Rainwater Harvesting Rules Have Developers Worried

Rainwater Harvesting Rules Have Developers Worried

They question how standards will affect their bottom lines

CARLI BROSSEAU
Published: 07.23.2008

Tucson, AZ

When local developers heard they may be required to harvest enough rainwater to irrigate 75 percent of the landscaping on any new property they develop, they got nervous.

Then they started asking questions: How much will this cost? How will it work? Will I need to buy cisterns? Have they considered that those things are ugly?

Through the Tucson Metropolitan Chamber of Commerce and the Metropolitan-Pima Alliance, a developer lobbying group, they submitted 49 questions. All the questions were answered by city staff and announced at a meeting Tuesday in Councilman Rodney Glassman’s office, 7575 E. Speedway Blvd.

About 60 people – mostly developers and some rainwater harvesting specialists – showed up to hear them. The cost depends on the site and the method of harvesting. No development standards have been set yet. There’s no requirement to buy cisterns. The ugliness factor was not explicitly discussed by the stakeholder group the City Council appointed to guide rainwater harvesting and graywater plumbing policy.

Developers were reassured by Ernie Duarte, the director of the Department of Development Services, that there will be a public hearing Oct. 18 before the City Council. They were disappointed to learn the development standards – the rules that would govern the details and, ultimately, the bottom line – would not be finalized until after the ordinance passes. That’s common practice, Linus Kafka, a city attorney, said.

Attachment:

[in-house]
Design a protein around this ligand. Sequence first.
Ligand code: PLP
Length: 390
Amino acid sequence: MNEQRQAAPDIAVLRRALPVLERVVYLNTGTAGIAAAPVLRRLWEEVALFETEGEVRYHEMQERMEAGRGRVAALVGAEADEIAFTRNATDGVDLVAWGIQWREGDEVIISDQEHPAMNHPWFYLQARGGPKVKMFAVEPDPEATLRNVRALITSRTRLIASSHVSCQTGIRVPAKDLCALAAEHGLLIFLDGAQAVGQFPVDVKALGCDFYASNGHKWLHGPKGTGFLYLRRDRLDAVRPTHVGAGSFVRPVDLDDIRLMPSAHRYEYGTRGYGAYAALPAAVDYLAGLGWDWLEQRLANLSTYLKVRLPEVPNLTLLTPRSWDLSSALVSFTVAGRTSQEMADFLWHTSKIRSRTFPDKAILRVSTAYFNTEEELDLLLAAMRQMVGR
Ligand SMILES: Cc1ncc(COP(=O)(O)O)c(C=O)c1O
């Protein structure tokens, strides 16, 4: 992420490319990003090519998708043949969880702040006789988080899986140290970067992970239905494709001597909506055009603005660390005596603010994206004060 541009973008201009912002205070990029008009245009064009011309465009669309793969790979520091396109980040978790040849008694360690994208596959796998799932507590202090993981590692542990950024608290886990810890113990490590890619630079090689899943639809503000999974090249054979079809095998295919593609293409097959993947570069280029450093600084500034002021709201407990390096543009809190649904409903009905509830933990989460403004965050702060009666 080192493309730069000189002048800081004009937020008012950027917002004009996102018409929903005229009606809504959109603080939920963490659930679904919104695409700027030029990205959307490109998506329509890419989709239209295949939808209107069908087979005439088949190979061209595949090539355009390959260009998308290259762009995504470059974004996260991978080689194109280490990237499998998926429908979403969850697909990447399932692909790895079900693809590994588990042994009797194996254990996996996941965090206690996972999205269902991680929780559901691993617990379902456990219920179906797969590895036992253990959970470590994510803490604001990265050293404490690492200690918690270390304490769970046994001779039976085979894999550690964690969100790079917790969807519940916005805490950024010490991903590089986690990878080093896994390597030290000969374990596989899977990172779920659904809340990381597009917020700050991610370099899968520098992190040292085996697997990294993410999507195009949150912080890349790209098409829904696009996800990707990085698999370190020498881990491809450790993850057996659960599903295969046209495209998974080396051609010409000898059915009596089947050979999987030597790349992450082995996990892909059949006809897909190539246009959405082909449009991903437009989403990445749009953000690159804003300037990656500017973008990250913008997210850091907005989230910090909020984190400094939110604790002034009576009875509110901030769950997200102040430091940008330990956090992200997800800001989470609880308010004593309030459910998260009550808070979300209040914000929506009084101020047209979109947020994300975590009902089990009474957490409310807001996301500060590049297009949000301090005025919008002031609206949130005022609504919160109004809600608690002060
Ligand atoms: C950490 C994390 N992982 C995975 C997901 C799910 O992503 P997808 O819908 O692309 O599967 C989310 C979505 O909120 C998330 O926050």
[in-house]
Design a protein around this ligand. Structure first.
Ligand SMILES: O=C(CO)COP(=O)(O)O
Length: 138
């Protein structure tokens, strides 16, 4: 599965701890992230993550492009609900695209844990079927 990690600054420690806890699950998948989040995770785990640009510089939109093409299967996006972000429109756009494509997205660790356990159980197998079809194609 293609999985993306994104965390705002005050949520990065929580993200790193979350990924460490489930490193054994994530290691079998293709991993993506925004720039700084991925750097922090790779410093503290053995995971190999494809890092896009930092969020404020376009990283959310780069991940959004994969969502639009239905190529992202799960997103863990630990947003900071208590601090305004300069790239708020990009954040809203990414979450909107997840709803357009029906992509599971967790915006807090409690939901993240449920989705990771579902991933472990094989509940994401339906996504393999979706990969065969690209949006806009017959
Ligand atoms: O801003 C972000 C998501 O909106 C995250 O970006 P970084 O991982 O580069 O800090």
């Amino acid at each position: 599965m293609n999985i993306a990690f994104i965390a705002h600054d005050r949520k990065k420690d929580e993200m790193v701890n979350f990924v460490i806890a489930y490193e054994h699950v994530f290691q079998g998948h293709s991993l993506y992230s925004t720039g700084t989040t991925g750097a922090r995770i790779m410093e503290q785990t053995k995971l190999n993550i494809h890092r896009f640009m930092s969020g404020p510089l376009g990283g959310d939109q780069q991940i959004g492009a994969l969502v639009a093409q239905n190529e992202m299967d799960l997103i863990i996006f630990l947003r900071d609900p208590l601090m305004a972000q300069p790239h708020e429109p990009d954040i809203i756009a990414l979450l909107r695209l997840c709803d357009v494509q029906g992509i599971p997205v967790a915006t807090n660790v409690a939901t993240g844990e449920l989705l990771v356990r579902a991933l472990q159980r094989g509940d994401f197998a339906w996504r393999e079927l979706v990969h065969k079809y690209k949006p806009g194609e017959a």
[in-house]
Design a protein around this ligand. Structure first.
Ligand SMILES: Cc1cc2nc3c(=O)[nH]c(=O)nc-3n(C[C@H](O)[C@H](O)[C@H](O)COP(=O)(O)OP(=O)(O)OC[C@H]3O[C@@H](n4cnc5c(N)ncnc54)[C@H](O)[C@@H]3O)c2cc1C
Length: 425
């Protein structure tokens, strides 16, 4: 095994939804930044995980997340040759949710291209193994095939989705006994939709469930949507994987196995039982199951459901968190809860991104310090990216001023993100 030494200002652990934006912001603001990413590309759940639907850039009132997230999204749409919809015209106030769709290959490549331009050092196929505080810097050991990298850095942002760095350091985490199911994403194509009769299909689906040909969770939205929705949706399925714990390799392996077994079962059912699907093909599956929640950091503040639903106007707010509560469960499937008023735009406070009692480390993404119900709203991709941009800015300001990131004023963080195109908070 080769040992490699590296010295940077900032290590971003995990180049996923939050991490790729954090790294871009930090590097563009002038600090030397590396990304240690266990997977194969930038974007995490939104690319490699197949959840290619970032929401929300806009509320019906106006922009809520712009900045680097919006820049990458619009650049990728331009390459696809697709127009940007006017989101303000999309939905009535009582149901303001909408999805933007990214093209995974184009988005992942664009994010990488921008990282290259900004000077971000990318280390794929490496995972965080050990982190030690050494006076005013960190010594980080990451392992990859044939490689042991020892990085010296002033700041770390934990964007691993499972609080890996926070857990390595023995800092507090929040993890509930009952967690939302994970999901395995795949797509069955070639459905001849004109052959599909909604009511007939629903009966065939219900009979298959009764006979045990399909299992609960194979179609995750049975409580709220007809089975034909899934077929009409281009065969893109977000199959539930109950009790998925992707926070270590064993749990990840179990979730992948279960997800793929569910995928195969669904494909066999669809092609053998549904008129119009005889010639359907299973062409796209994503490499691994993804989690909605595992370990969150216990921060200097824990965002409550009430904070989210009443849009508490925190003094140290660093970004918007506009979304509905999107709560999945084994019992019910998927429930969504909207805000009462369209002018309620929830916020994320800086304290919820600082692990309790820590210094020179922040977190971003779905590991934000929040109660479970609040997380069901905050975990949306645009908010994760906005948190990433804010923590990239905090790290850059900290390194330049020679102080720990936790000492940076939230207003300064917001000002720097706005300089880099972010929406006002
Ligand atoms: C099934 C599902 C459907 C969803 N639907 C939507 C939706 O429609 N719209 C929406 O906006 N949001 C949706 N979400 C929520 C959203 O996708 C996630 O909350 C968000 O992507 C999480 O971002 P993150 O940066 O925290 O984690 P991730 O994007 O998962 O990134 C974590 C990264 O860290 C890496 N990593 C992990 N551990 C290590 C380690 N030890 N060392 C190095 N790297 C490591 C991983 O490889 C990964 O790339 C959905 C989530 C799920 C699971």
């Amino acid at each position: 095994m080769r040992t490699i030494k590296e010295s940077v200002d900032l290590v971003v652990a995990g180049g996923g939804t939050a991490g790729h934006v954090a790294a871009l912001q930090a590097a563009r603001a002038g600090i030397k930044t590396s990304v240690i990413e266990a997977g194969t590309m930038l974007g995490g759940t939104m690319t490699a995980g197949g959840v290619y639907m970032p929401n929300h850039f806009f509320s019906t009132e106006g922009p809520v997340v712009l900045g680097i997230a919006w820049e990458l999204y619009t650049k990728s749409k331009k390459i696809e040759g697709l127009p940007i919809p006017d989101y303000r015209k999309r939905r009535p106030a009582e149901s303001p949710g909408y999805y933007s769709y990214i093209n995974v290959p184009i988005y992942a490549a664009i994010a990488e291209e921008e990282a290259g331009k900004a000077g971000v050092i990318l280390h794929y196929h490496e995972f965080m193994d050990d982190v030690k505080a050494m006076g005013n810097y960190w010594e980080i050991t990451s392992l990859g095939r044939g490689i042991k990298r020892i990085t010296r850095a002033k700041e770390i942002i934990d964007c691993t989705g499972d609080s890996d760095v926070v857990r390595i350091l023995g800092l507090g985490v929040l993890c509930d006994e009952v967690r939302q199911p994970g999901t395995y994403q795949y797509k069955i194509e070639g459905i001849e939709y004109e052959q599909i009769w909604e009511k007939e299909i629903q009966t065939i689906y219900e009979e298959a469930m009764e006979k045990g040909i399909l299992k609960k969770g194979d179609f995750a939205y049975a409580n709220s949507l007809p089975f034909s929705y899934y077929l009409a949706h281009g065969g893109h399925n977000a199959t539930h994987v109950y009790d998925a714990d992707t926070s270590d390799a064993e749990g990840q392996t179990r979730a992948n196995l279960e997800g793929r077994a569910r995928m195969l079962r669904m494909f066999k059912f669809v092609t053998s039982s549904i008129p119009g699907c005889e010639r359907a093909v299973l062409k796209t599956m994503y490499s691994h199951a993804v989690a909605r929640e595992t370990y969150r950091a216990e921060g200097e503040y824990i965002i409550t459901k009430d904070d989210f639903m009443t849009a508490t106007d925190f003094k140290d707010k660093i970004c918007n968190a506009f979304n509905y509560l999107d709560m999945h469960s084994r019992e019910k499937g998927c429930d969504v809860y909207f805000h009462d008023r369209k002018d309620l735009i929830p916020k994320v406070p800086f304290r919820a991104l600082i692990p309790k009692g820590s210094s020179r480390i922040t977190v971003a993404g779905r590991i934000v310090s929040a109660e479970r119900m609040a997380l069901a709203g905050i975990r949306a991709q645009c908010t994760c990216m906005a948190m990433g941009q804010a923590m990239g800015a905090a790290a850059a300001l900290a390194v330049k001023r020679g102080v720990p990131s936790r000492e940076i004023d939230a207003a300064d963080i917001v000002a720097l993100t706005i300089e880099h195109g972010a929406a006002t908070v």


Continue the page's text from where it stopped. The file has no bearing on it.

Glassman, who organized the meeting and has been pushing for the ordinance, said the meeting was a success.

“For the first time ever, there’s 60-plus developers who came here today, offering to work with the city on the use of potable water in community development. That’s huge.”

George Larsen, a developer who has worked with the city on the stakeholder group that helped create the proposed ordinance, said: “The goal, in my opinion, is achievable. What we’re struggling with is how to achieve it. There were definitely more unanswered questions than answered ones.”

The tone of the questions revealed a sense of resentment among developers for having been left out of the process. The stakeholder group on which Larsen served has met 11 times since January.

In a conciliatory move, Duarte invited developers to participate in the group that will set the detailed standards.

There was another, larger note of compromise. Duarte said the city would not enforce the rule during times of drought and would inspect only when businesses get a certificate of occupancy, a document necessary to open a business. There would be no inspections after expansions or changes of tenants and no “water-harvesting police,” he said.

If passed, the ordinance would take effect June 1, 2010.

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